The new Samsung Galaxy Book S is the next in its Windows on ARM device. It is a 13.3-inch clamshell notebook with the latest Qualcomm SD 8cx Compute Platform and always-on LTE connectivity.
Samsung doesn’t sell Intel-based laptops in Australia, and has no immediate plans to so. Instead, it’s focusing on the growing ‘always-on, always-connected category’.
The Galaxy Book S joins the recently released Galaxy Book2 (a Surface Pro-like device) that GadgetGuy was quite impressed with. You may want to read that review first to understand how Windows on Arm (WoA) works.
“The Galaxy Book S was developed in partnership with Microsoft and Qualcomm. This new Windows 10 PC offers Gigabit LTE connectivity to the cloud, touch-to-wake capabilities, the leading Snapdragon 8cx compute platform and a premium design that that is ultra-slim and lightweight for uncompromised mobility.”Microsoft
WoA promises all-day battery life and our experience with the Galaxy Book 2 confirms around 20 hours screen on time and 12 hours plus of video playback – amazing. Galaxy Book S claims 23 hours!
It uses the new 7nm Qualcomm SD 8cx – an enhanced SD850 (in the Galaxy Book2). Initial tests show it’s faster in Microsoft Office tasks than an Intel i5-8250U. Impressive for an ARM chip emulating Windows. It also was faster in gaming graphics in PCMark10.
According to Samsung, the Galaxy Book S’s GPU is 62% faster than the GPU in the Book2.
Australia will only see the LTE variant, which can support theoretical data speeds up to 1.2 gigabits per second, depending on the quality and flavour of your 4G connection.
The Galaxy Book S will likely have 8GB of RAM at launch, however, you can add up to 1TB of storage via the SD card tray.
Aimed at mobile professionals, students and small-to-medium-businesses, it will run Windows 10 Home and Windows 10 Pro (and optimised for x86 apps that run on Windows). Keep in mind that while 32-bit apps will work, 64-bit will not.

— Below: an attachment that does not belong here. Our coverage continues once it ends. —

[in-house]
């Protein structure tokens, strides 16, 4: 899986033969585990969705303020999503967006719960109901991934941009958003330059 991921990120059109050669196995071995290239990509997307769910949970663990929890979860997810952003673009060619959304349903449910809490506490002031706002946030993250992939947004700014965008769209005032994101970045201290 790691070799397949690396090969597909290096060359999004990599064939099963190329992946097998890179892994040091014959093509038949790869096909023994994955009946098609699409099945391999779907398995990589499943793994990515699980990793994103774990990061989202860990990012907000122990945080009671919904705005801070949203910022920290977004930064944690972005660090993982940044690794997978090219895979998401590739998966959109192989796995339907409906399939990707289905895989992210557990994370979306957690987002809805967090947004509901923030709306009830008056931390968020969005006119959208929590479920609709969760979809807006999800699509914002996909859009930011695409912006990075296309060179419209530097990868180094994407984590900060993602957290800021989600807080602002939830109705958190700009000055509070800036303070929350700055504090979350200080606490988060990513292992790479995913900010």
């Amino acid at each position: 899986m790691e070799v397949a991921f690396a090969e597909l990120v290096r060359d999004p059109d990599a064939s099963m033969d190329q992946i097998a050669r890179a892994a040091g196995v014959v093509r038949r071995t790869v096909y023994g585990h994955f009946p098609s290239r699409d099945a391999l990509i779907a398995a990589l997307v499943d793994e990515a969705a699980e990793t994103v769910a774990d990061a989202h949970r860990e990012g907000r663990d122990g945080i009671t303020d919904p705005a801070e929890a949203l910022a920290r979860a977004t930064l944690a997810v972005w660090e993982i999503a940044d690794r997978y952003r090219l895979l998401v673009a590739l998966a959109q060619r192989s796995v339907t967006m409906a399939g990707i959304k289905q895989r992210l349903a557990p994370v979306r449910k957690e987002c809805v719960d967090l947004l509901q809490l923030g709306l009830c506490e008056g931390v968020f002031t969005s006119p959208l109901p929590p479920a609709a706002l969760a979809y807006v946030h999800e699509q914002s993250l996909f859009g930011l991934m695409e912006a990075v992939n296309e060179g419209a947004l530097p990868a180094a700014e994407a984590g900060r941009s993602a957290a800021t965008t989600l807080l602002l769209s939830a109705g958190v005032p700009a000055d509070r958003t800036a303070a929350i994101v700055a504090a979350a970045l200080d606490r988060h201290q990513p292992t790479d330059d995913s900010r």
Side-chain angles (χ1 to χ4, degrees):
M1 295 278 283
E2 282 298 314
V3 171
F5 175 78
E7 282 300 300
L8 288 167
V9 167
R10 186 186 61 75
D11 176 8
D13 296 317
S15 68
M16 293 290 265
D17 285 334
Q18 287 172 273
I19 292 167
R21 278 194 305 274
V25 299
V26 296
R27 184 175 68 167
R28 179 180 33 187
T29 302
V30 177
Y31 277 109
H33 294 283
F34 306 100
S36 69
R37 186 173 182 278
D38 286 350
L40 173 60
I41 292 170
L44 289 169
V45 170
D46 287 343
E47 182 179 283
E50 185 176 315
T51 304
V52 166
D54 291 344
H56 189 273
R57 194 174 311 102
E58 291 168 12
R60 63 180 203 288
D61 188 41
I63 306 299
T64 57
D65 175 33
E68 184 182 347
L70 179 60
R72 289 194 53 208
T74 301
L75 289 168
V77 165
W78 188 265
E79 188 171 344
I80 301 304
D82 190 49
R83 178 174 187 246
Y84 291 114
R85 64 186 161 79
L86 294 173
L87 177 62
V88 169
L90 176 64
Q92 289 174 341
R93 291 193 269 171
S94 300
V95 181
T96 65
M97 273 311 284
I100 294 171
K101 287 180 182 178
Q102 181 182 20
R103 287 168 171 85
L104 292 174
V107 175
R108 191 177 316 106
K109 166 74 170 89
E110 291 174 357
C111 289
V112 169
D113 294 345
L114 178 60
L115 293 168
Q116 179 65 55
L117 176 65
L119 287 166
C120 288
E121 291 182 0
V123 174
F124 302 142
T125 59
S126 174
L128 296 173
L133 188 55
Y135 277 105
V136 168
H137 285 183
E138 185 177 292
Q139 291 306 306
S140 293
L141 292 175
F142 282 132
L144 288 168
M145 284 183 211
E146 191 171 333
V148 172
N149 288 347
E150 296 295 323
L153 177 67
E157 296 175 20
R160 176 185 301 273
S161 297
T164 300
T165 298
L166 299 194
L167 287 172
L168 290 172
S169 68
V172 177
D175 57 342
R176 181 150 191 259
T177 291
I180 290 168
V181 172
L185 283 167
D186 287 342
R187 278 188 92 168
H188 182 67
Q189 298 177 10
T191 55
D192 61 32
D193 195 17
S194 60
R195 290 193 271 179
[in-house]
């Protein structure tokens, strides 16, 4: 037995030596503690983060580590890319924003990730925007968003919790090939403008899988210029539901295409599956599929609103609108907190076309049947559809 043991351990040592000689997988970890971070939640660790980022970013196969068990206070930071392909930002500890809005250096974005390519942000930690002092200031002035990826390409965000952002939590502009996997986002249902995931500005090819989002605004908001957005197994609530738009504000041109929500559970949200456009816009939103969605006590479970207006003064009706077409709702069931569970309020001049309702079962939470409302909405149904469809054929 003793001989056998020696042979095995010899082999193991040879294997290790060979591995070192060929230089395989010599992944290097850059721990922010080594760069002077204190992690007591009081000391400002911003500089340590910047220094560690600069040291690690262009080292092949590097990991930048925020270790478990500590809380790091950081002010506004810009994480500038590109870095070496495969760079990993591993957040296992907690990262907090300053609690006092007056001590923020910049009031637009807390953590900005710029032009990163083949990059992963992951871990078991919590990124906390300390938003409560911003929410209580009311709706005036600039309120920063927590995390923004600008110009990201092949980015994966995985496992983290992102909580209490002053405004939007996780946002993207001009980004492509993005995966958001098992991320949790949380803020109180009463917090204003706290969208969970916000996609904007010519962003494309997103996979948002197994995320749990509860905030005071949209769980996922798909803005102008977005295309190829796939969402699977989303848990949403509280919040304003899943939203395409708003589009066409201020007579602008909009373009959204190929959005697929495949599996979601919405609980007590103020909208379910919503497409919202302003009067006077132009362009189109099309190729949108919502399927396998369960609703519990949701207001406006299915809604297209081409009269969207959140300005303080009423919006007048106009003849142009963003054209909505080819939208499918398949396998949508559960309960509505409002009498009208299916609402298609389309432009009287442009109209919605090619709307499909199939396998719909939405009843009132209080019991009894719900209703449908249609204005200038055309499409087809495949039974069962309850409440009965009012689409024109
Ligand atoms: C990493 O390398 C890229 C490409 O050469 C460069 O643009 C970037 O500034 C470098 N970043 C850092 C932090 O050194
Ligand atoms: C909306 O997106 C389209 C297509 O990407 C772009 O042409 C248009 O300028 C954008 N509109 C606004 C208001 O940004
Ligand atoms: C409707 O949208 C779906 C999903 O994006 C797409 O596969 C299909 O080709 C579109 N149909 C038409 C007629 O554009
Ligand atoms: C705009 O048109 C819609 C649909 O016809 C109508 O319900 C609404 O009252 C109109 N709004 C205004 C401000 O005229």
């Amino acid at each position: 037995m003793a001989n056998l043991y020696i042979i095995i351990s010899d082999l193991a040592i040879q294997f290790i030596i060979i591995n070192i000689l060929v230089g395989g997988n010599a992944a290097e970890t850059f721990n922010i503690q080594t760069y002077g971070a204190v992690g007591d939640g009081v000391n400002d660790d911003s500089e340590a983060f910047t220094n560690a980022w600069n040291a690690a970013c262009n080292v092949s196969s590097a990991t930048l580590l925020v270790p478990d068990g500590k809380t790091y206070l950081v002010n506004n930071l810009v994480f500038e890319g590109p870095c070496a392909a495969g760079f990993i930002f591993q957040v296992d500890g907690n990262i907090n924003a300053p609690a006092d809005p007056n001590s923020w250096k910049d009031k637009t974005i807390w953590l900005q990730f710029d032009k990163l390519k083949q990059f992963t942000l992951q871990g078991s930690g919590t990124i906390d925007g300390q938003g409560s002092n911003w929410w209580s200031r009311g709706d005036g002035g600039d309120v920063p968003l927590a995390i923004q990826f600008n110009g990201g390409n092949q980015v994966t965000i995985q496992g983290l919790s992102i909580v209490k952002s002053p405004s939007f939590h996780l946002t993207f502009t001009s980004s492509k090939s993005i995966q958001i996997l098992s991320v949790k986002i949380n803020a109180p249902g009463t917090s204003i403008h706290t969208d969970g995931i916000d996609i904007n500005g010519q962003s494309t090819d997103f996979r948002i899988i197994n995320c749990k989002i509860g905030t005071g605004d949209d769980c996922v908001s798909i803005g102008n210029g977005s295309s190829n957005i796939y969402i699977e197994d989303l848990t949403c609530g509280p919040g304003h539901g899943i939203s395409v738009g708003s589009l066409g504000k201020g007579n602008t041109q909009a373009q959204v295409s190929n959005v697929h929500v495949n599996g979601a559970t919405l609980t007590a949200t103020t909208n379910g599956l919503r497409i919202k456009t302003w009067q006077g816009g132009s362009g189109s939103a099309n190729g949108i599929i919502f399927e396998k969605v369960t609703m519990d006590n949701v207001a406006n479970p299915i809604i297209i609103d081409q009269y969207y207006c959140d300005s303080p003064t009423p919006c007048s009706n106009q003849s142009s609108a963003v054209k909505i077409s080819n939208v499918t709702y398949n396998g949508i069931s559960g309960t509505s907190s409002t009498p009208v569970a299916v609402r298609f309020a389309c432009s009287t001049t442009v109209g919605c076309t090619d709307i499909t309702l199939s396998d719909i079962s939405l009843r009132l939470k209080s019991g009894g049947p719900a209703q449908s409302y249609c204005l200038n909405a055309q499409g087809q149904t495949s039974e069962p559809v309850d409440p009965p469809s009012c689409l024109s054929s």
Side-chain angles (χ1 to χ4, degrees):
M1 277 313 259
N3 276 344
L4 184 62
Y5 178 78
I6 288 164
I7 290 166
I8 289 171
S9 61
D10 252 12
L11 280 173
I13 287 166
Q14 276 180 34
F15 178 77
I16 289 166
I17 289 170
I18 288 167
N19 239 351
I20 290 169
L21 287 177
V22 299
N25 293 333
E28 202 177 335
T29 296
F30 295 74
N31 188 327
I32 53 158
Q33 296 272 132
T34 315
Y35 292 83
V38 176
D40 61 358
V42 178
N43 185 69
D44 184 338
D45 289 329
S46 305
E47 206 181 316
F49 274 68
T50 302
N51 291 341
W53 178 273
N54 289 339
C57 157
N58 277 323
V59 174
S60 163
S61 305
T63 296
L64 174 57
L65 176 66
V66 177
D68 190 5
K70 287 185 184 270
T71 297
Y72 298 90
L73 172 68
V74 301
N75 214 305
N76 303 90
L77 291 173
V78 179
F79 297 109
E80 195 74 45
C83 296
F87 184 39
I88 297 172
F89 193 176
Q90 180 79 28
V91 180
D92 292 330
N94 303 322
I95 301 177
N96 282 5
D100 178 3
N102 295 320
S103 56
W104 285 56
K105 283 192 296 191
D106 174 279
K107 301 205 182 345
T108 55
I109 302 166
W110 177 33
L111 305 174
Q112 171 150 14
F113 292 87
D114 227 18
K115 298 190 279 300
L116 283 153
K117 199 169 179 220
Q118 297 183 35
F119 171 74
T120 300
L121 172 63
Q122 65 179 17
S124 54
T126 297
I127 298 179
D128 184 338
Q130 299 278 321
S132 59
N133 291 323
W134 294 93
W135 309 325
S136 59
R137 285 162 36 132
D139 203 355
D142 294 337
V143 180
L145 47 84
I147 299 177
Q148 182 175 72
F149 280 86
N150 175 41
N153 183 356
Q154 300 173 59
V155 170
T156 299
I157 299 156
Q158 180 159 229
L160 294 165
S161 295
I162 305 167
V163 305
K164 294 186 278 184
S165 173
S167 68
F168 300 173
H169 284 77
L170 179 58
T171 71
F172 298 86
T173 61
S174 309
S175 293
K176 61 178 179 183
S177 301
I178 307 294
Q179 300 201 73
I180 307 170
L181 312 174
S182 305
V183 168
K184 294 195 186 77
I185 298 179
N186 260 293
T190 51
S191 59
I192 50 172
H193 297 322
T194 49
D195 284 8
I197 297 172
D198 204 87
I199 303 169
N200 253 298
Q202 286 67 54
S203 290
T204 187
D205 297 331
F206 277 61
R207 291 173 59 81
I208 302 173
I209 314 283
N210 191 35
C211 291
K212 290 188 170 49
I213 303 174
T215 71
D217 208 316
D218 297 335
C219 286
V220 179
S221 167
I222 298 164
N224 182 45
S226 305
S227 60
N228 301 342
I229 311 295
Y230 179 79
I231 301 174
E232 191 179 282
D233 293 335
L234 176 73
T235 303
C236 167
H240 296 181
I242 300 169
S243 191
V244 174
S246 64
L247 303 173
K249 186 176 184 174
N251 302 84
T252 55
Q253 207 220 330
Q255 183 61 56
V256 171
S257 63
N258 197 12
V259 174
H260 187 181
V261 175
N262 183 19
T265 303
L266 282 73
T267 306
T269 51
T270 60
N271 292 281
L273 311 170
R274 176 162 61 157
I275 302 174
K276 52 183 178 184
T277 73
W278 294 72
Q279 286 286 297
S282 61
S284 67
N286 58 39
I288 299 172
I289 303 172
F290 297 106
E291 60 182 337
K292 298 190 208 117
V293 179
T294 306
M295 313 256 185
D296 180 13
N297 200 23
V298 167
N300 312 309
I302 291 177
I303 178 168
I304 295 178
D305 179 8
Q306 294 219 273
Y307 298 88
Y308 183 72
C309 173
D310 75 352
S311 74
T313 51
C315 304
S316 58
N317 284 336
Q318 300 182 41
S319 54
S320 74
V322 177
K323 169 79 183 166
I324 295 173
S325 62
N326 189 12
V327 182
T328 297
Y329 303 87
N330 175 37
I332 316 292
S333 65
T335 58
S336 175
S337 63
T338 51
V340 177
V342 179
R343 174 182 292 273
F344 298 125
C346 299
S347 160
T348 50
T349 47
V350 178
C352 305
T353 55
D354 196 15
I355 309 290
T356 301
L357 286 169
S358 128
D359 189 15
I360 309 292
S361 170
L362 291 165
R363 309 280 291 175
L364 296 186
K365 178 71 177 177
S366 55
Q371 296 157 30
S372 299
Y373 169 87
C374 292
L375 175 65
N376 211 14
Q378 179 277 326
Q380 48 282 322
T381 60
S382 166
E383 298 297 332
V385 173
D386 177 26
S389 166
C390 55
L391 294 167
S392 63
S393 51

However, S will also run native ARM versions of Microsoft Office, with performance that’s expected to be about the same as laptops running Intel Core i5 processors.
Premium look and feel
It feels great too. It has a solid anodised aluminium body and an attractive, sleek and modern design.
Unlike the Galaxy Book2, the S uses a 13.3-inch, 1920 x 1080, TFT (not AMOLED) touch screen. This is very sharp and bright, and its thin bezels add to the premium feel.
The Galaxy Book S weighs just 960 grams, and is slimmer than the Book 2 at just 11.8mm with the lid closed.
There are two USB-C ports, a headphone jack and SIM tray. One of the USB-C connections can be used to charge the device.
The connectors will drive a USB-C external monitor and you can plug in a multi-port adaptor for USB-A and HDMI devices.
The Galaxy Book S launch date is still up in the air, however, we can expect it by the end of the year.
We don’t have a price yet but it’s intended to be “…in the sweet spot” for SMBs, according to Samsung. We’ll keep you posted when the price is revealed.
For more information, visit the Samsung global website here.
Specifications – Samsung Galaxy Book S:
|Screen||13.3-inch, 1920 x 1080, 16:9, touch, TFT|
Qualcomm Snapdragon 8cx Compute Platform |
7nm 64-bit Octa-core processor (Max. 2.84 GHz + 1.8GHz)
8GB RAM(LPDDR4X) with 256/512GB Internal storage|
Micro SD slot (up to 1 TB)
42Wh for video playback up to 23 hours|
USB-C PD 2.0 charging
|Security||Windows Hello fingerprint sensor|
Wi-Fi AC, VHT80 MU-MIMO|
Gigabit Cat 18|
720p front camera (for Skype etc) 3.5mm audio Dual USB-C ports Compatible with Link to Windows (article here)
|Sound||Stereo tuned by AKG Dolby Atmos technology|
|Colours||Earthy Gold or Mercury Grey|
|Size/Weight||305.2 x 203.2 x 6.2-11.8mm x 960g|
Valens Quinn attended the UnPacked 2019 event in New York as a guest of Samsung Australia.